The Book in Three Sentences
In this summary of Goodbye, Things, you’ll learn about a man’s journey to declutter his life. After living stressed out about owning a lot of things he didn’t need, Fumio Sasaki found happiness in owning less. As a result of this process, he gained focus, gratitude, and freedom.
Goodbye, Things: The New Japanese Minimalism Summary
The author describes minimalism as:
- Reducing items to a minimum
- Removing the excess so that we can focus on what matters
There’s happiness in owning less. Minimalism is a lifestyle in which you reduce your possessions to the bare minimum. The main benefits of minimalism include organized rooms, ease of cleaning, and the fact that it reflects happiness.
Chapter 1: Why Minimalism
Everyone started out as a minimalist in the first place.
The movement encouraged the author to get rid of objects such as his book collection, a big kitchen cupboard, expensive clothes, camera equipment, an electric guitar and amplifier, a desk, a 42-inch TV, a home theater, and a PlayStation 3, developed photographs and letters, among many other things.
Japan used to be a minimalist country, but that changed over time. The movement became popular again when Steve Jobs used minimalist ideas to develop some of the devices he worked on, such as the iPod, iPhone, and iPad. Steve Jobs was actually inspired by Japanese Zen and since the iPhone has many adopters in Japan, many people started appreciating minimalism again.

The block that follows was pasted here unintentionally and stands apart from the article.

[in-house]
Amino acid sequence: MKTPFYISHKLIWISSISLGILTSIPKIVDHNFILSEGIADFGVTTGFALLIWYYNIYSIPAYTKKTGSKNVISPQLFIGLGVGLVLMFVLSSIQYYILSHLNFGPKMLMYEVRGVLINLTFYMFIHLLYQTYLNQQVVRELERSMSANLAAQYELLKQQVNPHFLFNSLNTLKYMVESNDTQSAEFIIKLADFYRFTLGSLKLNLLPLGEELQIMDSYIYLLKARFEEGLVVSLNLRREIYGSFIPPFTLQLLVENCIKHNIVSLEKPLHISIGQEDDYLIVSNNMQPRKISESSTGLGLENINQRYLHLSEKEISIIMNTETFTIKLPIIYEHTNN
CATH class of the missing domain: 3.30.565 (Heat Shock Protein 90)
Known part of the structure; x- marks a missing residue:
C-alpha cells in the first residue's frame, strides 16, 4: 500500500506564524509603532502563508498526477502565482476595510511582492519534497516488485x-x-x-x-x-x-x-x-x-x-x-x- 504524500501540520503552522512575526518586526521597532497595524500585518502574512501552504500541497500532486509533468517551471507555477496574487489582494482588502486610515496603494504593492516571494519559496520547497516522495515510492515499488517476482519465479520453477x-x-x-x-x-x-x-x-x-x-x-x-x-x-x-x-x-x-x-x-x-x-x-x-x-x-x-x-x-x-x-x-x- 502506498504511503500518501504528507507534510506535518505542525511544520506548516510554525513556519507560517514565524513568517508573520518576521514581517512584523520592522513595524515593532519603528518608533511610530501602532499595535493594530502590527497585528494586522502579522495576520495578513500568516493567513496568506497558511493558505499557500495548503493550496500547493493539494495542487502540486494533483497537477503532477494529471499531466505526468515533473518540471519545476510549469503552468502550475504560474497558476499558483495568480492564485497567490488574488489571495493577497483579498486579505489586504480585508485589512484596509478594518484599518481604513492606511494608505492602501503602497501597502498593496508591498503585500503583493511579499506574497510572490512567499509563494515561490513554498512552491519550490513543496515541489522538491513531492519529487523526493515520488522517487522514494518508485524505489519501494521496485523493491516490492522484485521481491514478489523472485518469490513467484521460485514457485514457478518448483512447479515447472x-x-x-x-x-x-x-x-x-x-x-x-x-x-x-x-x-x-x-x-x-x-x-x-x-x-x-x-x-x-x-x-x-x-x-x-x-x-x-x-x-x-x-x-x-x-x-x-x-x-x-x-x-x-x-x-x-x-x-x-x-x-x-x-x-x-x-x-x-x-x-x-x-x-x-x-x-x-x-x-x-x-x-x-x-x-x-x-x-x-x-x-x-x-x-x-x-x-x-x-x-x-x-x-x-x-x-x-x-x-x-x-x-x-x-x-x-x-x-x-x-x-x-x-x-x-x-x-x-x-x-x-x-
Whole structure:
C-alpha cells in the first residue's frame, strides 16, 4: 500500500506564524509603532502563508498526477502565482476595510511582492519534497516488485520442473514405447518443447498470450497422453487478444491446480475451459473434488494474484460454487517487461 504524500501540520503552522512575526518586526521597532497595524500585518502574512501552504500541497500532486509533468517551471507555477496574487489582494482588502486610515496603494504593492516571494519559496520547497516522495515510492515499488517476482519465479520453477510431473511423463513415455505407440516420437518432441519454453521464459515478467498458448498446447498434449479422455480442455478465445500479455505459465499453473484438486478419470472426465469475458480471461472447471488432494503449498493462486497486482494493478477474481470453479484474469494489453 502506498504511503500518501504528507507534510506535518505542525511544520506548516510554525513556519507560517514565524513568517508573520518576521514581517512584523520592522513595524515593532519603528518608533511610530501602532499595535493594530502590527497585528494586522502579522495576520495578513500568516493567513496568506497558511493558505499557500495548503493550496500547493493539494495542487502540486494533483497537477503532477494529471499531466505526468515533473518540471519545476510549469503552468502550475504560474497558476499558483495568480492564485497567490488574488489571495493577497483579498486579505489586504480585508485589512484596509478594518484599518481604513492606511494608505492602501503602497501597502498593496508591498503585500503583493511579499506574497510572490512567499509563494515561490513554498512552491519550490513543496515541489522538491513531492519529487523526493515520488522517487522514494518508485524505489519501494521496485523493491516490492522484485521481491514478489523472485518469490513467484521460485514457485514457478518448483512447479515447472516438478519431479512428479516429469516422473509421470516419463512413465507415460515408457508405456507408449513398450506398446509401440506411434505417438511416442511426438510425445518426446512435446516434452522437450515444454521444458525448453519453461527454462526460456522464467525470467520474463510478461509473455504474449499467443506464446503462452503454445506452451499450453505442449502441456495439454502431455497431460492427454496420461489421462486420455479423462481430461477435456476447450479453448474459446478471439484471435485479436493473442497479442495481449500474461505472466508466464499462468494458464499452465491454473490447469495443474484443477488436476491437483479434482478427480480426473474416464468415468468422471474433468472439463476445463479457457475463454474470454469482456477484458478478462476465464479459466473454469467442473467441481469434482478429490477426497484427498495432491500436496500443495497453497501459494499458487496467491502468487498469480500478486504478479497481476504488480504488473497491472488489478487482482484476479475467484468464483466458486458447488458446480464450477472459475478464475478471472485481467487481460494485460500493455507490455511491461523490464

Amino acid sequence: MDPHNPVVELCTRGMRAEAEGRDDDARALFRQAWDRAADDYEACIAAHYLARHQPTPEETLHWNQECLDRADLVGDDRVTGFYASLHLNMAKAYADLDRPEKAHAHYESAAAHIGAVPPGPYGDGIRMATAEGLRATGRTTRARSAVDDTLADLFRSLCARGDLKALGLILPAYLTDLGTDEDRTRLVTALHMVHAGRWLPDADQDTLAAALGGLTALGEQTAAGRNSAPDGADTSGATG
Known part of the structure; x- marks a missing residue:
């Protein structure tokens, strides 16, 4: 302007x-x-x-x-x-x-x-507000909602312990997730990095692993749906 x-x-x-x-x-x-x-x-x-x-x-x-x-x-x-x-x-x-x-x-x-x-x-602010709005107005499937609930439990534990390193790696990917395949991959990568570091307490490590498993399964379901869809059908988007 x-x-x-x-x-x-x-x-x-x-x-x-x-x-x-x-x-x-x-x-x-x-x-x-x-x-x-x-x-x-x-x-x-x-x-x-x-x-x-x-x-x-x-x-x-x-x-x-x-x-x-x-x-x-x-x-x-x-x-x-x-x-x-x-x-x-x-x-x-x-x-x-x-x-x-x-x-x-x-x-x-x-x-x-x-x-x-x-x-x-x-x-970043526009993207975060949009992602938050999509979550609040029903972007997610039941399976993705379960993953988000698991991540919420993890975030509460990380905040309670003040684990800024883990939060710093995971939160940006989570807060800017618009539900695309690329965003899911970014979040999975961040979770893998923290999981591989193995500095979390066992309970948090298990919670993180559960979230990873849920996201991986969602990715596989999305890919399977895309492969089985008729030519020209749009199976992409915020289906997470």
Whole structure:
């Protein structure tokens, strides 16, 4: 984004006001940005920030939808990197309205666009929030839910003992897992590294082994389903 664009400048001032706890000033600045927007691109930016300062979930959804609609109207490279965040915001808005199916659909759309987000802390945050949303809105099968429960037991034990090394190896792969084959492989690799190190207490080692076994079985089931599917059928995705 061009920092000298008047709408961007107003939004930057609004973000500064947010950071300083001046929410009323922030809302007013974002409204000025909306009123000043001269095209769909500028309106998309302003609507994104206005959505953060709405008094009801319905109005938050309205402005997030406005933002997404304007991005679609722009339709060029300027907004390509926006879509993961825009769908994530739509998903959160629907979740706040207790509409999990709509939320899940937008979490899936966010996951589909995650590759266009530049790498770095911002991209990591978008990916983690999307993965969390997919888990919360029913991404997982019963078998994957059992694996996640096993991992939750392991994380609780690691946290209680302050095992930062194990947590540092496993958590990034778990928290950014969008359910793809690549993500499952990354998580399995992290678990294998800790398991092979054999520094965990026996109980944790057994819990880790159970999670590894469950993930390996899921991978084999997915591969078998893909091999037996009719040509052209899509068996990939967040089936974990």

What led to minimalism?
- Information and material overload.
- The fact modern devices such as a phone allow us to do several things. Some of these include making calls, taking pictures, watching TV, listening to music, playing games, using a flashlight, and so on.
Chapter 2: Why Did We Accumulate So Much in the First Place?
We want something and we get it. As soon as we get used to the object we bought, the feeling of happiness wears off. The problem is that we keep wanting new things. The joy of victory isn’t as strong as despair or defeat. The joy of victory only lasts around three hours and this also applies to buying new things.
The problem isn’t buying new things, the problem is when what we own becomes part of our perceived identity. Our possessions should be tools that allow us to do a job and nothing else.
Chapter 3: 55 Tips to Help You Say Goodbye to Your Things
- Discard the preconception that you can’t discard your things.
- Discarding something takes skill.
- When you discard something you gain more than you lose.
- Ask yourself why you can’t part with your things.
- Minimizing is difficult, but it’s not impossible.
- There are limits to the capacity of your brain, your energy, and your time.
- Discard something right now.
- There isn’t a single item you’ll regret throwing away.
- Start with things that are clearly junk.
- Minimize anything you have in multiples.
- Get rid of it if you haven’t used it in a year.
- Discard it if you have it for the sake of appearance.
- Differentiate between things you want and things you need.
- Take photos of the items that are tough to part with.
- It’s easier to revisit your memories once you go digital.
- Our things are like roommates, except we pay their rent.
- Organizing is not minimizing.
- Tackle the next (storage) before the pest (clutter).
- Leave your “unused” space empty.
- Let go of the idea of “someday”.
- Say goodbye to who you used to be.
- Discard the things you have already forgotten about.
- Don’t get creative when you’re trying to discard things.
- Let go of the idea of getting your money’s worth.
- There’s no need to stock up.
- Feeling the spark of joy will help you focus.
- Auction services are a quick way to part with your possessions.